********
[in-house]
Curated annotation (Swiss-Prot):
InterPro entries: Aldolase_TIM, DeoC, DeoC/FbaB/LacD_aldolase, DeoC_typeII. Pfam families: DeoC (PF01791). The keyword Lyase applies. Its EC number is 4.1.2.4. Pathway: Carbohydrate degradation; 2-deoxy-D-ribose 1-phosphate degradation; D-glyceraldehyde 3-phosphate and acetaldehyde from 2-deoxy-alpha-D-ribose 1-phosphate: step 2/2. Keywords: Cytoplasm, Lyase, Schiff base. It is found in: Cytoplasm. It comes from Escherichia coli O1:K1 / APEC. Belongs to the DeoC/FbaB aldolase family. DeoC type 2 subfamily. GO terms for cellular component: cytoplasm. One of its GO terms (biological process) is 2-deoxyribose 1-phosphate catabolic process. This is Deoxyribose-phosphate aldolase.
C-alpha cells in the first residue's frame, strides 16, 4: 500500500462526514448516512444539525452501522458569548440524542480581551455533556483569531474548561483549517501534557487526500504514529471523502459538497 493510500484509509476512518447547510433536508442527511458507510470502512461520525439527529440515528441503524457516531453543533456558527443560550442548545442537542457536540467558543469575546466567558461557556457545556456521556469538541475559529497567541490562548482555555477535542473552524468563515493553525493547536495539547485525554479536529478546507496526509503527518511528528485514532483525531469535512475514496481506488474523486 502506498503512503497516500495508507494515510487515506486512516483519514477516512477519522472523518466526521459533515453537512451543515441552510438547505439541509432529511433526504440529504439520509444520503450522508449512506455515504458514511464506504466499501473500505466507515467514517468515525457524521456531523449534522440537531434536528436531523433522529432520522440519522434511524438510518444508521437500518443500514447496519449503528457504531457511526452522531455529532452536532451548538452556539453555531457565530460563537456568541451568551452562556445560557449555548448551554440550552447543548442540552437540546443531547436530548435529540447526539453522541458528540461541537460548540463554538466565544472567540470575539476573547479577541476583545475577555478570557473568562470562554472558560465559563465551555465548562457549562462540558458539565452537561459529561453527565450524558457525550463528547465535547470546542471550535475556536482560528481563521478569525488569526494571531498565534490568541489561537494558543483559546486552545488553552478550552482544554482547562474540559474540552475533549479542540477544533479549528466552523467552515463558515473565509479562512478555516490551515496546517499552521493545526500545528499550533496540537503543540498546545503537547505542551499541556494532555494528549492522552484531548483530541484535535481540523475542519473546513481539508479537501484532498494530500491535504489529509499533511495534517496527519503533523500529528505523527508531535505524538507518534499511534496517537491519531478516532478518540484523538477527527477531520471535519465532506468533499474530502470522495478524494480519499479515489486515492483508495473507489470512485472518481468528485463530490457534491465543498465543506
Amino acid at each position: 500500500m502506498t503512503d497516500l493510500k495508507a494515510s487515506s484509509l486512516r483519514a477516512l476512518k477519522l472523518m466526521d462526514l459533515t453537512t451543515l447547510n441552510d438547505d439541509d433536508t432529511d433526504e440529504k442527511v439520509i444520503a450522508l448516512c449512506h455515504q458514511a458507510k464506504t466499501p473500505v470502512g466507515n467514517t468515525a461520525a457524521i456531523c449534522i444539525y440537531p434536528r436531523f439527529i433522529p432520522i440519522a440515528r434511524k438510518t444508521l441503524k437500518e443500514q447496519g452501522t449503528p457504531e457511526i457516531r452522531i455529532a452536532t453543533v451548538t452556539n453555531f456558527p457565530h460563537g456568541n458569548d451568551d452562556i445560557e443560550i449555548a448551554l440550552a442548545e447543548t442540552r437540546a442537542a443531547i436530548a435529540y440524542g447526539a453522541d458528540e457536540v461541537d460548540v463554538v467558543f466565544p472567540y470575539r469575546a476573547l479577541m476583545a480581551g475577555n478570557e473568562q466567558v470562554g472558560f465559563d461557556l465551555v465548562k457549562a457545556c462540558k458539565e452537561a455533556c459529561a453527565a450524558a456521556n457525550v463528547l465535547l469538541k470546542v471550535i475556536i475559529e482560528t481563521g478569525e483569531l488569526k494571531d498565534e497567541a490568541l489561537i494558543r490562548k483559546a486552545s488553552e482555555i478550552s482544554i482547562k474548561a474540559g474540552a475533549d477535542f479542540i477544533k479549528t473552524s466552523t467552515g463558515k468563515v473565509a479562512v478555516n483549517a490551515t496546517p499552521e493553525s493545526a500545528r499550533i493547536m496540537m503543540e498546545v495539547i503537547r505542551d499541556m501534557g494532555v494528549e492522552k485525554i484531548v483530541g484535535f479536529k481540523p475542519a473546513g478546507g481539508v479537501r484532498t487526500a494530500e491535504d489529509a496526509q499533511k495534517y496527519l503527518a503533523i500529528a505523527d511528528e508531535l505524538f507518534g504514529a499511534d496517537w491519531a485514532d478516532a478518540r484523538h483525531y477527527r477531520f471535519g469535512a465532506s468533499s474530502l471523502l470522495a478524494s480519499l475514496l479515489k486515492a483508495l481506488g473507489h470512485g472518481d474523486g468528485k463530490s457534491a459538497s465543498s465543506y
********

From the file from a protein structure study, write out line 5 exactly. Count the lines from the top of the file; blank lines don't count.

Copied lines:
Amino acid at each position: 500500500m502506498t503512503d497516500l493510500k495508507a494515510s487515506s484509509l486512516r483519514a477516512l476512518k477519522l472523518m466526521d462526514l459533515t453537512t451543515l447547510n441552510d438547505d439541509d433536508t432529511d433526504e440529504k442527511v439520509i444520503a450522508l448516512c449512506h455515504q458514511a458507510k464506504t466499501p473500505v470502512g466507515n467514517t468515525a461520525a457524521i456531523c449534522i444539525y440537531p434536528r436531523f439527529i433522529p432520522i440519522a440515528r434511524k438510518t444508521l441503524k437500518e443500514q447496519g452501522t449503528p457504531e457511526i457516531r452522531i455529532a452536532t453543533v451548538t452556539n453555531f456558527p457565530h460563537g456568541n458569548d451568551d452562556i445560557e443560550i449555548a448551554l440550552a442548545e447543548t442540552r437540546a442537542a443531547i436530548a435529540y440524542g447526539a453522541d458528540e457536540v461541537d460548540v463554538v467558543f466565544p472567540y470575539r469575546a476573547l479577541m476583545a480581551g475577555n478570557e473568562q466567558v470562554g472558560f465559563d461557556l465551555v465548562k457549562a457545556c462540558k458539565e452537561a455533556c459529561a453527565a450524558a456521556n457525550v463528547l465535547l469538541k470546542v471550535i475556536i475559529e482560528t481563521g478569525e483569531l488569526k494571531d498565534e497567541a490568541l489561537i494558543r490562548k483559546a486552545s488553552e482555555i478550552s482544554i482547562k474548561a474540559g474540552a475533549d477535542f479542540i477544533k479549528t473552524s466552523t467552515g463558515k468563515v473565509a479562512v478555516n483549517a490551515t496546517p499552521e493553525s493545526a500545528r499550533i493547536m496540537m503543540e498546545v495539547i503537547r505542551d499541556m501534557g494532555v494528549e492522552k485525554i484531548v483530541g484535535f479536529k481540523p475542519a473546513g478546507g481539508v479537501r484532498t487526500a494530500e491535504d489529509a496526509q499533511k495534517y496527519l503527518a503533523i500529528a505523527d511528528e508531535l505524538f507518534g504514529a499511534d496517537w491519531a485514532d478516532a478518540r484523538h483525531y477527527r477531520f471535519g469535512a465532506s468533499s474530502l471523502l470522495a478524494s480519499l475514496l479515489k486515492a483508495l481506488g473507489h470512485g472518481d474523486g468528485k463530490s457534491a459538497s465543498s465543506y